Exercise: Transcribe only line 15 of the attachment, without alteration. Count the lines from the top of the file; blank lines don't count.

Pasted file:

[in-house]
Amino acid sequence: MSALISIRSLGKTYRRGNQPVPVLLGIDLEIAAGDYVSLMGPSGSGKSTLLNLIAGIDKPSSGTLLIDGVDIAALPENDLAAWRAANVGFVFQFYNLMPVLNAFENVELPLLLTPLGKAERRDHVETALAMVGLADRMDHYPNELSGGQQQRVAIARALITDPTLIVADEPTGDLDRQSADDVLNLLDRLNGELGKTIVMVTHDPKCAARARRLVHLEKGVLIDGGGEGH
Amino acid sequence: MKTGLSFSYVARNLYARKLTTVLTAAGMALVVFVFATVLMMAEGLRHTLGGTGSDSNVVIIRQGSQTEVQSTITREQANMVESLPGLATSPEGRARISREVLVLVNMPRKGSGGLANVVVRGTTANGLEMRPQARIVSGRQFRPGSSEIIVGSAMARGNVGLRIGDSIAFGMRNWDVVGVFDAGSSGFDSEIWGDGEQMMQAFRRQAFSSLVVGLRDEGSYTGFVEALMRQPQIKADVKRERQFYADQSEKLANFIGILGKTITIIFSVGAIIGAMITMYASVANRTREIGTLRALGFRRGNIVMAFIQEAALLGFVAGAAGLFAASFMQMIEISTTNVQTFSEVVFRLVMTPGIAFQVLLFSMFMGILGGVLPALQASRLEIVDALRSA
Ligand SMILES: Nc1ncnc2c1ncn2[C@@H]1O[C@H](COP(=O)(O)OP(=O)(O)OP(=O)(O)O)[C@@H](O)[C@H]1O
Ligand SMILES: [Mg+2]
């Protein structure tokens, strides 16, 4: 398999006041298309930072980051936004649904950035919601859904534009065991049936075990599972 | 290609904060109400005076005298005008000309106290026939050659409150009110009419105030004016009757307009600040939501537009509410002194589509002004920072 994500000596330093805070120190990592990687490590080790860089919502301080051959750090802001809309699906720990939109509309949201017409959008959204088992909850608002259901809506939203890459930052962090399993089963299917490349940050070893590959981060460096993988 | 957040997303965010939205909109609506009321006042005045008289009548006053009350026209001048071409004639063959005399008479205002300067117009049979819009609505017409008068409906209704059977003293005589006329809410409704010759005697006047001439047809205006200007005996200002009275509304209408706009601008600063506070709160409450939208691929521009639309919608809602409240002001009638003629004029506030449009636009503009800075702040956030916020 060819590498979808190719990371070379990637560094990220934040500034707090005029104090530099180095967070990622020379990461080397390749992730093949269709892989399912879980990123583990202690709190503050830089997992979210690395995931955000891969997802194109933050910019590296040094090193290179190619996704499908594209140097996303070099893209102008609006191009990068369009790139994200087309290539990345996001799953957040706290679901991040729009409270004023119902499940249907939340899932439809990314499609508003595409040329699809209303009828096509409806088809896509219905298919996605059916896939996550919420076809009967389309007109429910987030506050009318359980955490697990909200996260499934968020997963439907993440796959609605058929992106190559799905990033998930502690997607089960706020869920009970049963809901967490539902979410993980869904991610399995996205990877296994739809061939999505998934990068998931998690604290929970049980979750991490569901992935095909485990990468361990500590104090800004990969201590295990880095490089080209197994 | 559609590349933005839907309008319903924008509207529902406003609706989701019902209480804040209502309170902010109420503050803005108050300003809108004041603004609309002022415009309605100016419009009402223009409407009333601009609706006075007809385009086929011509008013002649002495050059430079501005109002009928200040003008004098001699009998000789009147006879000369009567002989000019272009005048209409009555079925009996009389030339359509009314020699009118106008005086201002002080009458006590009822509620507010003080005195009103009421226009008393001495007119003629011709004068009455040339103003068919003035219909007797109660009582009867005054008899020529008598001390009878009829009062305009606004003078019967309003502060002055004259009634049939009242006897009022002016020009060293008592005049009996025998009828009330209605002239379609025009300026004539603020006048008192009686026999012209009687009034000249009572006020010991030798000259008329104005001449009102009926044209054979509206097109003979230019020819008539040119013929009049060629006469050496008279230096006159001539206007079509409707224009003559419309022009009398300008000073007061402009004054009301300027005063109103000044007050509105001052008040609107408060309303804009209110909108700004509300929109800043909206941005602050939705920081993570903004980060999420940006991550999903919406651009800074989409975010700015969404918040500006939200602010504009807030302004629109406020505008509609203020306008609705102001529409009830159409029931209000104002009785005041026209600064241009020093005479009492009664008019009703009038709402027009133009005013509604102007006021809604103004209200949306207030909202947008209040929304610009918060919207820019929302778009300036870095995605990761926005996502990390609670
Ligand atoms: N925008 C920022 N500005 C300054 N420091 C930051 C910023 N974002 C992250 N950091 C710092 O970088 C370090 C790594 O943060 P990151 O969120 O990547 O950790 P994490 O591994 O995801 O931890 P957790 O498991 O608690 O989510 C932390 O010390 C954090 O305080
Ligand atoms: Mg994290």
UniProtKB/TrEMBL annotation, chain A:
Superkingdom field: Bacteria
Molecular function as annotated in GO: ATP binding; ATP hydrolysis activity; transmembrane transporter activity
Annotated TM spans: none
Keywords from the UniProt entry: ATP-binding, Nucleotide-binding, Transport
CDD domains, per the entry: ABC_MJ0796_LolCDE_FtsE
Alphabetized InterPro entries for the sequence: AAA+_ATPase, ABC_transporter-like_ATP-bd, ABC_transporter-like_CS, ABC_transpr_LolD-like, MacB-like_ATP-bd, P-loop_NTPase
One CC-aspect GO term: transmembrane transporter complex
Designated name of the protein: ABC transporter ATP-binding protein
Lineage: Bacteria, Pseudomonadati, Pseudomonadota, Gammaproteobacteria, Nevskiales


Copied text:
Alphabetized InterPro entries for the sequence: AAA+_ATPase, ABC_transporter-like_ATP-bd, ABC_transporter-like_CS, ABC_transpr_LolD-like, MacB-like_ATP-bd, P-loop_NTPase